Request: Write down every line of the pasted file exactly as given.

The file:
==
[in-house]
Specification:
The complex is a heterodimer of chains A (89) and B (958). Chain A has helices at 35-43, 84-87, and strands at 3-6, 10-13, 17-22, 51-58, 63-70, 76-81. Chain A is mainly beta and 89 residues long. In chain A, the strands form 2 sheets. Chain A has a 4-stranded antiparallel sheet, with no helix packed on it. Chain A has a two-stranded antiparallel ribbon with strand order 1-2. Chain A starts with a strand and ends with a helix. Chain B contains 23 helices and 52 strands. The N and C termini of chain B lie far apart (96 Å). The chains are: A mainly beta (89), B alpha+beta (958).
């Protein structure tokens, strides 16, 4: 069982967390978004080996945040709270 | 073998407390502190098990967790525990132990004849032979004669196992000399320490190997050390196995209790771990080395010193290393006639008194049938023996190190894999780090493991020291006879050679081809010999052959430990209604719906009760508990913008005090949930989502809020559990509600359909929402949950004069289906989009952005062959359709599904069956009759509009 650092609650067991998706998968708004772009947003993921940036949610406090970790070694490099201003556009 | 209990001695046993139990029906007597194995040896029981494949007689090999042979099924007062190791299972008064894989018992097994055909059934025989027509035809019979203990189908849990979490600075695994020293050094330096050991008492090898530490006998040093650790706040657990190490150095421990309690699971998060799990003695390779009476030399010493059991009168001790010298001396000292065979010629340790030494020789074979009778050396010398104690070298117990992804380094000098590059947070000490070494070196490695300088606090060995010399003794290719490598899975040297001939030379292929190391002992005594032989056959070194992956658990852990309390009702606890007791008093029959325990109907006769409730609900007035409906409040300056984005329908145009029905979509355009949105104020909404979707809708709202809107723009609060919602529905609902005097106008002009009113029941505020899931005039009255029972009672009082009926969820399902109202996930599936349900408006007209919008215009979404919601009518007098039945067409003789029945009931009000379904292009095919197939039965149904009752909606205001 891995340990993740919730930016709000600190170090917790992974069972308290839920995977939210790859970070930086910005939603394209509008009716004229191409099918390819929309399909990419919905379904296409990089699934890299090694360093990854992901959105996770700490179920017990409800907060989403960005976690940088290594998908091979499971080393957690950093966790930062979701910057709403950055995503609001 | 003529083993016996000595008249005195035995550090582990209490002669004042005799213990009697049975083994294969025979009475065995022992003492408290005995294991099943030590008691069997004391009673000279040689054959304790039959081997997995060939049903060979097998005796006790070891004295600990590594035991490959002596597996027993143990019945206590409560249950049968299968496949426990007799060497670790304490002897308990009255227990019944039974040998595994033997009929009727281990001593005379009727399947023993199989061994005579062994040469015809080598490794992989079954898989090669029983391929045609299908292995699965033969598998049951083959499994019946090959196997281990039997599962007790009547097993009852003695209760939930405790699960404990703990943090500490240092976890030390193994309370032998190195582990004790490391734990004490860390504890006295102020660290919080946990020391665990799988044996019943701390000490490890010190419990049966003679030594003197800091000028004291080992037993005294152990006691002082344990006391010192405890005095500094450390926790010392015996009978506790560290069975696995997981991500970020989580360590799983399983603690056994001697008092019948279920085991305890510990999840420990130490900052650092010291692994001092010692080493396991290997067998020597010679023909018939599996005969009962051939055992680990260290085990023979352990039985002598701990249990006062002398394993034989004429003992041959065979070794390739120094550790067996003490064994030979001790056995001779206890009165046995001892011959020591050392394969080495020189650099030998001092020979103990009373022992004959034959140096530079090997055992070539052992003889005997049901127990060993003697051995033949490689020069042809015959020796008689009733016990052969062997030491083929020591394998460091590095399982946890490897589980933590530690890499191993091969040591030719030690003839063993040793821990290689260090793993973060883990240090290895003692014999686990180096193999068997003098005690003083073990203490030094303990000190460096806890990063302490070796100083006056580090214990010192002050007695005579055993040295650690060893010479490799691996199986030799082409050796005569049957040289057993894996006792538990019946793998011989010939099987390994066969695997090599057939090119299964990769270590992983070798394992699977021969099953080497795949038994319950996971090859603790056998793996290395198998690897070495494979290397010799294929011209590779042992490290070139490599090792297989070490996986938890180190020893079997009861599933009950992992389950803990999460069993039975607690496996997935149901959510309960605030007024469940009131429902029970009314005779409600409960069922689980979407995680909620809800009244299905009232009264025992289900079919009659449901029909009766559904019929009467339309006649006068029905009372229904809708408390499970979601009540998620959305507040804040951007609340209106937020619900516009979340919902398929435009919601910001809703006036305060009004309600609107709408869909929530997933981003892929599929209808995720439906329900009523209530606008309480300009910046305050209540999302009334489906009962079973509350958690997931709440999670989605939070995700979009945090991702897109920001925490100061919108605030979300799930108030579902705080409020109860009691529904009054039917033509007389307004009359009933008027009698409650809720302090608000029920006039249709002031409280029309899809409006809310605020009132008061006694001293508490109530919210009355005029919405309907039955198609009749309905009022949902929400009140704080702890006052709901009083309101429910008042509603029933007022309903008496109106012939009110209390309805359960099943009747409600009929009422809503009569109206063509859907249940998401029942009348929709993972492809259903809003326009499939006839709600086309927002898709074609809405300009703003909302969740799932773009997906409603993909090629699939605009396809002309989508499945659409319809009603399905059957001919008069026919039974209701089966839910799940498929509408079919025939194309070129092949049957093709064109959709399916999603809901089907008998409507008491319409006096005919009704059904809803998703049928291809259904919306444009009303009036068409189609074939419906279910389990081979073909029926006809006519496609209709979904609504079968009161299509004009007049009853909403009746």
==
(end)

[in-house]
Specification:
The complex is a heterodimer of chains A (89) and B (958). Chain A has helices at 35-43, 84-87, and strands at 3-6, 10-13, 17-22, 51-58, 63-70, 76-81. Chain A is mainly beta and 89 residues long. In chain A, the strands form 2 sheets. Chain A has a 4-stranded antiparallel sheet, with no helix packed on it. Chain A has a two-stranded antiparallel ribbon with strand order 1-2. Chain A starts with a strand and ends with a helix. Chain B contains 23 helices and 52 strands. The N and C termini of chain B lie far apart (96 Å). The chains are: A mainly beta (89), B alpha+beta (958).
């Protein structure tokens, strides 16, 4: 069982967390978004080996945040709270 | 073998407390502190098990967790525990132990004849032979004669196992000399320490190997050390196995209790771990080395010193290393006639008194049938023996190190894999780090493991020291006879050679081809010999052959430990209604719906009760508990913008005090949930989502809020559990509600359909929402949950004069289906989009952005062959359709599904069956009759509009 650092609650067991998706998968708004772009947003993921940036949610406090970790070694490099201003556009 | 209990001695046993139990029906007597194995040896029981494949007689090999042979099924007062190791299972008064894989018992097994055909059934025989027509035809019979203990189908849990979490600075695994020293050094330096050991008492090898530490006998040093650790706040657990190490150095421990309690699971998060799990003695390779009476030399010493059991009168001790010298001396000292065979010629340790030494020789074979009778050396010398104690070298117990992804380094000098590059947070000490070494070196490695300088606090060995010399003794290719490598899975040297001939030379292929190391002992005594032989056959070194992956658990852990309390009702606890007791008093029959325990109907006769409730609900007035409906409040300056984005329908145009029905979509355009949105104020909404979707809708709202809107723009609060919602529905609902005097106008002009009113029941505020899931005039009255029972009672009082009926969820399902109202996930599936349900408006007209919008215009979404919601009518007098039945067409003789029945009931009000379904292009095919197939039965149904009752909606205001 891995340990993740919730930016709000600190170090917790992974069972308290839920995977939210790859970070930086910005939603394209509008009716004229191409099918390819929309399909990419919905379904296409990089699934890299090694360093990854992901959105996770700490179920017990409800907060989403960005976690940088290594998908091979499971080393957690950093966790930062979701910057709403950055995503609001 | 003529083993016996000595008249005195035995550090582990209490002669004042005799213990009697049975083994294969025979009475065995022992003492408290005995294991099943030590008691069997004391009673000279040689054959304790039959081997997995060939049903060979097998005796006790070891004295600990590594035991490959002596597996027993143990019945206590409560249950049968299968496949426990007799060497670790304490002897308990009255227990019944039974040998595994033997009929009727281990001593005379009727399947023993199989061994005579062994040469015809080598490794992989079954898989090669029983391929045609299908292995699965033969598998049951083959499994019946090959196997281990039997599962007790009547097993009852003695209760939930405790699960404990703990943090500490240092976890030390193994309370032998190195582990004790490391734990004490860390504890006295102020660290919080946990020391665990799988044996019943701390000490490890010190419990049966003679030594003197800091000028004291080992037993005294152990006691002082344990006391010192405890005095500094450390926790010392015996009978506790560290069975696995997981991500970020989580360590799983399983603690056994001697008092019948279920085991305890510990999840420990130490900052650092010291692994001092010692080493396991290997067998020597010679023909018939599996005969009962051939055992680990260290085990023979352990039985002598701990249990006062002398394993034989004429003992041959065979070794390739120094550790067996003490064994030979001790056995001779206890009165046995001892011959020591050392394969080495020189650099030998001092020979103990009373022992004959034959140096530079090997055992070539052992003889005997049901127990060993003697051995033949490689020069042809015959020796008689009733016990052969062997030491083929020591394998460091590095399982946890490897589980933590530690890499191993091969040591030719030690003839063993040793821990290689260090793993973060883990240090290895003692014999686990180096193999068997003098005690003083073990203490030094303990000190460096806890990063302490070796100083006056580090214990010192002050007695005579055993040295650690060893010479490799691996199986030799082409050796005569049957040289057993894996006792538990019946793998011989010939099987390994066969695997090599057939090119299964990769270590992983070798394992699977021969099953080497795949038994319950996971090859603790056998793996290395198998690897070495494979290397010799294929011209590779042992490290070139490599090792297989070490996986938890180190020893079997009861599933009950992992389950803990999460069993039975607690496996997935149901959510309960605030007024469940009131429902029970009314005779409600409960069922689980979407995680909620809800009244299905009232009264025992289900079919009659449901029909009766559904019929009467339309006649006068029905009372229904809708408390499970979601009540998620959305507040804040951007609340209106937020619900516009979340919902398929435009919601910001809703006036305060009004309600609107709408869909929530997933981003892929599929209808995720439906329900009523209530606008309480300009910046305050209540999302009334489906009962079973509350958690997931709440999670989605939070995700979009945090991702897109920001925490100061919108605030979300799930108030579902705080409020109860009691529904009054039917033509007389307004009359009933008027009698409650809720302090608000029920006039249709002031409280029309899809409006809310605020009132008061006694001293508490109530919210009355005029919405309907039955198609009749309905009022949902929400009140704080702890006052709901009083309101429910008042509603029933007022309903008496109106012939009110209390309805359960099943009747409600009929009422809503009569109206063509859907249940998401029942009348929709993972492809259903809003326009499939006839709600086309927002898709074609809405300009703003909302969740799932773009997906409603993909090629699939605009396809002309989508499945659409319809009603399905059957001919008069026919039974209701089966839910799940498929509408079919025939194309070129092949049957093709064109959709399916999603809901089907008998409507008491319409006096005919009704059904809803998703049928291809259904919306444009009303009036068409189609074939419906279910389990081979073909029926006809006519496609209709979904609504079968009161299509004009007049009853909403009746």